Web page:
75% of parents say their working day is too long, leaving them too little time for their children.

Typical working mums and dads spend just 19 minutes a day 'looking after their kids'.

The programme also dealt with the pressure put on kids to look "attractive", "sexy", etc. And to buy and own all the 'right' gadgets and gizmos.

How do we "give children the tools they will need to tackle the challenges of growing up"?

There was mention of a "Roots of Empathy" programme on the Isle of Man - to help children to "strengthen their emotional ties to other people". The idea is to "reduce aggression and improve social skills". The children learn to "understand how other people feel - through being able to put themselves in other people's situations." Bringing babies into classrooms is an important part of this scheme.

"We're giving them the emotional literacy that will last a lifetime."

"We want them to be able to share their emotions so that we don't have so much aggression in society." Almost there. Empathy - emotions - feelings: we still have some sorting out to do.

"If our kids are happier and more considerate they'll be better able to face the challenges ahead."

Dr Tony Sewell of the charity Generating Genius appeared in the programme, talking about 'targeting the cleverest kids and preparing them for university'. Though it seems like an elitist programme, at least Sewell is advocating learning science through proper first-hand experience and experimentation. This, of course, should be available to all children.

The presenter summed up by saying, "It may now be a matter of political will to drive through the changes that could benefit ALL of our children."

MAY be a matter of political will? Let's just say the current generation of teachers and headteachers can barely even organise a boycott of KS2 SATs, so they're hardly going to drive through the major changes that are needed of their own accord. SATs have to go. Tracking systems for pupil progress in ALL areas of learning - academic, social, emotional, etc - have to be brought in. Pedagogy has to change to give all children the ability and the opportunity to learn through activity, experience and interaction. Pupils should be setting their own learning targets. All of the ideas of Paulo Freire, and of the New Learning Revolution need to be adopted. Other countries are already doing it. It's outrageous that Britain isn't.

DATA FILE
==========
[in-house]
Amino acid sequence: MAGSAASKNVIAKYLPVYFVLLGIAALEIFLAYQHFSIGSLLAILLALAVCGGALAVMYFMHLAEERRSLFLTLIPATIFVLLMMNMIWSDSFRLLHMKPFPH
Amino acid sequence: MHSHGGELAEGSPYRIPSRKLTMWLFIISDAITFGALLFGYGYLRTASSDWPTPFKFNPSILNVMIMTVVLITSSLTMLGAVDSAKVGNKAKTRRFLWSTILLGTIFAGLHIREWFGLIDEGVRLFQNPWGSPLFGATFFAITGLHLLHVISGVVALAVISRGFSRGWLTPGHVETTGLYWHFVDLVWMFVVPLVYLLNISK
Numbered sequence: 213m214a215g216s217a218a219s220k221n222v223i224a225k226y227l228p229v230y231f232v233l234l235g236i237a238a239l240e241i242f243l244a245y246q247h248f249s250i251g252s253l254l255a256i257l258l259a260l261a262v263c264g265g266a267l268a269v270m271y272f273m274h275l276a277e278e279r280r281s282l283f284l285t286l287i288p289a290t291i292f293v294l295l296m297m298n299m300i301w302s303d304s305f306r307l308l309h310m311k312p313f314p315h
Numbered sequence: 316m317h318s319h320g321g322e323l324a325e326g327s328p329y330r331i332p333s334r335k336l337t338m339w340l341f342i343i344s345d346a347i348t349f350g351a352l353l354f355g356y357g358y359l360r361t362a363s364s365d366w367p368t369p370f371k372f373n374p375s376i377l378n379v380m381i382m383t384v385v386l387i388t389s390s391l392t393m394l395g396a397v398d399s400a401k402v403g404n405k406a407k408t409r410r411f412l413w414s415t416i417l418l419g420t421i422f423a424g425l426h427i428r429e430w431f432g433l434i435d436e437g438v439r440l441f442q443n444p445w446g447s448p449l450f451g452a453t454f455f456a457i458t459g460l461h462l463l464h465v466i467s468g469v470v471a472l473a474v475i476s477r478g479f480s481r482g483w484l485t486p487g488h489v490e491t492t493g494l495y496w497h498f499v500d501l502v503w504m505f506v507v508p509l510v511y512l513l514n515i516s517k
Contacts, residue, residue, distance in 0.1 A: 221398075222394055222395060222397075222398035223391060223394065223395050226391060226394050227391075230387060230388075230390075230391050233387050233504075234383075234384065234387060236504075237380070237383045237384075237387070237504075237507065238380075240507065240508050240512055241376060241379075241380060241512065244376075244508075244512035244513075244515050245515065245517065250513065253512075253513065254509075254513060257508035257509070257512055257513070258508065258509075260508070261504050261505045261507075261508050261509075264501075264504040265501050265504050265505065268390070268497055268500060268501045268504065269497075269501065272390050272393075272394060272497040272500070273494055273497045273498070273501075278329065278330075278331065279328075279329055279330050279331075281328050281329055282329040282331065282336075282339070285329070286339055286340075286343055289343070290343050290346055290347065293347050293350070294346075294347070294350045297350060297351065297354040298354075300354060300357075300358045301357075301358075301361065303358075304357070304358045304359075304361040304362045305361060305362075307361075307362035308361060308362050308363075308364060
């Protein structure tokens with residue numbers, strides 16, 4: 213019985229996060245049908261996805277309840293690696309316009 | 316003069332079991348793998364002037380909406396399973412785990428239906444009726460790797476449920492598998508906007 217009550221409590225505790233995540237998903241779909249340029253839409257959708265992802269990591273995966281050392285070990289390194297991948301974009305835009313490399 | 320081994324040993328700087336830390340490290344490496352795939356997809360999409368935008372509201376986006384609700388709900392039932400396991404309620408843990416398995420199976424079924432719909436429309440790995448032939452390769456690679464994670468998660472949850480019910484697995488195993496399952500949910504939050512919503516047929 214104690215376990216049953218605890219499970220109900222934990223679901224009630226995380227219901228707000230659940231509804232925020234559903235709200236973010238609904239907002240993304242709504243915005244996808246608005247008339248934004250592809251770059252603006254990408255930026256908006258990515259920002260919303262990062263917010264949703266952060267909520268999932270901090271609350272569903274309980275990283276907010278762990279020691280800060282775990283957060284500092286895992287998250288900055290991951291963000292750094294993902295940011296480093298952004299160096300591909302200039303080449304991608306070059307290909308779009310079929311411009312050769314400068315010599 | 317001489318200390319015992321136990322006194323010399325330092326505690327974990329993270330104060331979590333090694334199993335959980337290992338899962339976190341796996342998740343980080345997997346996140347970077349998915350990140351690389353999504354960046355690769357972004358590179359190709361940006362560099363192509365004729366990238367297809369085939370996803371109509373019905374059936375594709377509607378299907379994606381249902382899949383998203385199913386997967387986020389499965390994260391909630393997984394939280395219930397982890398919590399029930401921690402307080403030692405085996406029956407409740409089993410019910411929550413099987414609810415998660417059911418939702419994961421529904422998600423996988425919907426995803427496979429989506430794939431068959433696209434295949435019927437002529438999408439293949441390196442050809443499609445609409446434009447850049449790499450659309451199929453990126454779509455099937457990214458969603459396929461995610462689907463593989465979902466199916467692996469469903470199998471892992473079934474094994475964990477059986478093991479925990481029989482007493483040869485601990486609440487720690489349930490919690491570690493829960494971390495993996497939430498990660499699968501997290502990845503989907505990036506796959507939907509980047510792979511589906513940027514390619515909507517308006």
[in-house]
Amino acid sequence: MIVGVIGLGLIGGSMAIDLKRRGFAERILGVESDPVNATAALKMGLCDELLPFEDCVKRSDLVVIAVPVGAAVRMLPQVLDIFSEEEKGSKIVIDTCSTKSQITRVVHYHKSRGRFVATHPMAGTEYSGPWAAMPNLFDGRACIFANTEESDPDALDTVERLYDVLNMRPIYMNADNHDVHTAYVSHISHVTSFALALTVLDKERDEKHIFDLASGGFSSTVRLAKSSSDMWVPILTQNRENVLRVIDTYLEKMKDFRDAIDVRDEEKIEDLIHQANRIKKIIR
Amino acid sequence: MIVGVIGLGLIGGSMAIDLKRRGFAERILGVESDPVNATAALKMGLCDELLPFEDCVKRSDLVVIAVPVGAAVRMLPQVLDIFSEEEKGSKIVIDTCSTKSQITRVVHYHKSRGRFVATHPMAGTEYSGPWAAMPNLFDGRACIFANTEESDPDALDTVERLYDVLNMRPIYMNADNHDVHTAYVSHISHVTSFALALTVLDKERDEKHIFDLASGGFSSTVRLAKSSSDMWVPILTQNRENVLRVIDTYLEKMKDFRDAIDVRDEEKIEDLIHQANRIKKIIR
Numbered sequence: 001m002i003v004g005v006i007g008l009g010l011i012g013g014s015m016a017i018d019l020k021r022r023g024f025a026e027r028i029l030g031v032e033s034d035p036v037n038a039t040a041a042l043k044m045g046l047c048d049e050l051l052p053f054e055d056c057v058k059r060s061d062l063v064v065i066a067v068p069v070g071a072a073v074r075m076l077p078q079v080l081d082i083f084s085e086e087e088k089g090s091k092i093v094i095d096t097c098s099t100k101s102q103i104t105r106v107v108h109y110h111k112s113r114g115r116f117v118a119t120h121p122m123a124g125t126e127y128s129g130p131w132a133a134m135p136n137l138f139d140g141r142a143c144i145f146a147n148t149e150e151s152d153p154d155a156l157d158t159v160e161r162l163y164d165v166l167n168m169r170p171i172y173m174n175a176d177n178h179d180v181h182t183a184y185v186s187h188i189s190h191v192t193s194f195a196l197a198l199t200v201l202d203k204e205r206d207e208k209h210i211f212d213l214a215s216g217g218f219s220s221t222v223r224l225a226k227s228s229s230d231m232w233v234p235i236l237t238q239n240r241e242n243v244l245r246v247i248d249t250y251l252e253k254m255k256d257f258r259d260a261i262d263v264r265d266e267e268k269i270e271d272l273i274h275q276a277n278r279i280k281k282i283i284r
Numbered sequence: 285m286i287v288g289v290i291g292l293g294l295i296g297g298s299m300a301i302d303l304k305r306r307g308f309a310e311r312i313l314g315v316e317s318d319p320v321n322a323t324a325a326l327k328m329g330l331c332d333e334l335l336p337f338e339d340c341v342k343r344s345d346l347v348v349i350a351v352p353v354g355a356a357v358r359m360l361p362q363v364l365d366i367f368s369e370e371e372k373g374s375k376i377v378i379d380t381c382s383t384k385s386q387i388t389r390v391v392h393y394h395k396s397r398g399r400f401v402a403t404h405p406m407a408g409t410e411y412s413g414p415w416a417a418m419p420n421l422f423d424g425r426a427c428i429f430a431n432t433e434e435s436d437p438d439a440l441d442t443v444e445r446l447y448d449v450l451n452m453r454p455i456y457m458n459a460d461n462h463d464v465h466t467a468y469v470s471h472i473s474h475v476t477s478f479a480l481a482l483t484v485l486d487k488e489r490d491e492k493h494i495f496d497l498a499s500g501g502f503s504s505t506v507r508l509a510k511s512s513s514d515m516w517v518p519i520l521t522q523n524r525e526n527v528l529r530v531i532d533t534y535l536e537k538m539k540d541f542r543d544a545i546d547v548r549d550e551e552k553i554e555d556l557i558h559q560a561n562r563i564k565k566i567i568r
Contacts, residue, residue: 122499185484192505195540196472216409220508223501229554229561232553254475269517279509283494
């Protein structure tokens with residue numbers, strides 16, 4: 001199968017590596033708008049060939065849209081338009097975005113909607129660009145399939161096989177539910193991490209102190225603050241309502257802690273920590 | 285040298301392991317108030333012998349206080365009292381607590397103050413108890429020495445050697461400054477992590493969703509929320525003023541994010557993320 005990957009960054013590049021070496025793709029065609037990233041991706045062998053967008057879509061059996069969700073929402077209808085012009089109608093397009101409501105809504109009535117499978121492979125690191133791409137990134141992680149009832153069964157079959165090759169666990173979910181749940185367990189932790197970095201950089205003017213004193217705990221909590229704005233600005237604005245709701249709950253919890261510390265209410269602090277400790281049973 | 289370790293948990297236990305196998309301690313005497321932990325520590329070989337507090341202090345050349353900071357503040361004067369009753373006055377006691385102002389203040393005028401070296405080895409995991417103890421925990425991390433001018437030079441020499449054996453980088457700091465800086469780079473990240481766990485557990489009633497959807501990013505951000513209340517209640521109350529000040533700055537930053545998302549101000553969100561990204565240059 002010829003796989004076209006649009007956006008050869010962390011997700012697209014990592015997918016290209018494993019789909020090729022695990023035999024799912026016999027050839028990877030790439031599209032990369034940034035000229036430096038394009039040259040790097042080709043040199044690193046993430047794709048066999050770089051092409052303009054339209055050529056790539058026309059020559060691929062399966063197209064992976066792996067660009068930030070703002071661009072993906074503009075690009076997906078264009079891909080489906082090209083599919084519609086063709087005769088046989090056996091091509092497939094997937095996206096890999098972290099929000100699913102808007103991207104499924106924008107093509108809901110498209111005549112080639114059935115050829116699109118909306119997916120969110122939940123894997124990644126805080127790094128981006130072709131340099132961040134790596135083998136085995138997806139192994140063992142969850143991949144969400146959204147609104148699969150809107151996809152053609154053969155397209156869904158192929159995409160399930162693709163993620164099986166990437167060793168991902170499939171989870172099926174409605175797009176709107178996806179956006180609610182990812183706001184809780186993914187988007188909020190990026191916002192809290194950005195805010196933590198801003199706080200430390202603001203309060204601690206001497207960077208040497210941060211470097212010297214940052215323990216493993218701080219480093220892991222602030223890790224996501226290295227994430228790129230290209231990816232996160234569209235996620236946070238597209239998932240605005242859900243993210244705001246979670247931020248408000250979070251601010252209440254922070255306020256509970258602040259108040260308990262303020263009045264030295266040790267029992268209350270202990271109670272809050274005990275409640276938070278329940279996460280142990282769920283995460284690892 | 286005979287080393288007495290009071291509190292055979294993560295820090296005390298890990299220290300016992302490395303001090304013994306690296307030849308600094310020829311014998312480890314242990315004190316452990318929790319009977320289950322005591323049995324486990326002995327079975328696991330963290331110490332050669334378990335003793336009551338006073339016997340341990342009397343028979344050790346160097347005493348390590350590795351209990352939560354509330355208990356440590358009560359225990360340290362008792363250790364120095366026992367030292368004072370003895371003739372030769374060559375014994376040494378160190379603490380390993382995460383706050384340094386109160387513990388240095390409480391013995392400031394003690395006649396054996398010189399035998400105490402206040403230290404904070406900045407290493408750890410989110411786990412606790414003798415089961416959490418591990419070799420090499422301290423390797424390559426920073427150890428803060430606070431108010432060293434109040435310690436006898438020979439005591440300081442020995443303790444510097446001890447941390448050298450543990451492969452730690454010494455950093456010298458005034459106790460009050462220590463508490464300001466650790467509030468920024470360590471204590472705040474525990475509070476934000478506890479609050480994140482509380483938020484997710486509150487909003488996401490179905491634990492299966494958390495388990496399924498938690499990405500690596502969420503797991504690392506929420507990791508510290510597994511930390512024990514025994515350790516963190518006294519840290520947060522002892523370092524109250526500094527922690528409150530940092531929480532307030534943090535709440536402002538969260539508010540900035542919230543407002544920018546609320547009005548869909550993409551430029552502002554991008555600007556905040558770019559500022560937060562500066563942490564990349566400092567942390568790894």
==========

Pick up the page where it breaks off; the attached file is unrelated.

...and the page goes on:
The Labour party still has to change

Despite the victory in Oldham, the next election won't fall into our lap. We must become the progressives' champion

by Ed Miliband

The first real electoral test for this Conservative-led government has revealed people's deep sense of unease about the direction in which our country is being led, and their anger at promises so solemnly made and yet so casually broken.

I believe that unease stems from misgivings shared right across Britain on the three arguments that will dominate the year ahead: the economy; the damage being done to the next generation; and the way we conduct politics. From the trebling of student debt, to capitulation on bankers' bonuses and a VAT rise squeezing working families, this government is showing it shares neither their values nor their hopes for the future.


Oldham East and Saddleworth byelection: Trouble for the Tories

David Cameron faces the anger of the Conservative right after the party lost more than half of their votes in the constituency



This piece on Miliband is well worth a read:


This is brilliant. I was beginning to think this would never happen. Great timing Mr President - a brilliant challenge to the Tea Party mob, in the aftermath of Arizona.

Barack Obama acts to ease US embargo on Cuba

President brings end to travel and finance bans in place since 1959 in move which will help his standing with American left

Barack Obama has eased America's long-standing embargo on Cuba, allowing many Americans to travel there for the first time and increasing the amounts that they can invest in the island.

Other changes announced by the president will allow all US international airports to accept flights to and from Cuba; at present, chartered flights are restricted to Miami and a handful of other airports. The moves represent an important step to rapprochement between the US and Cuba.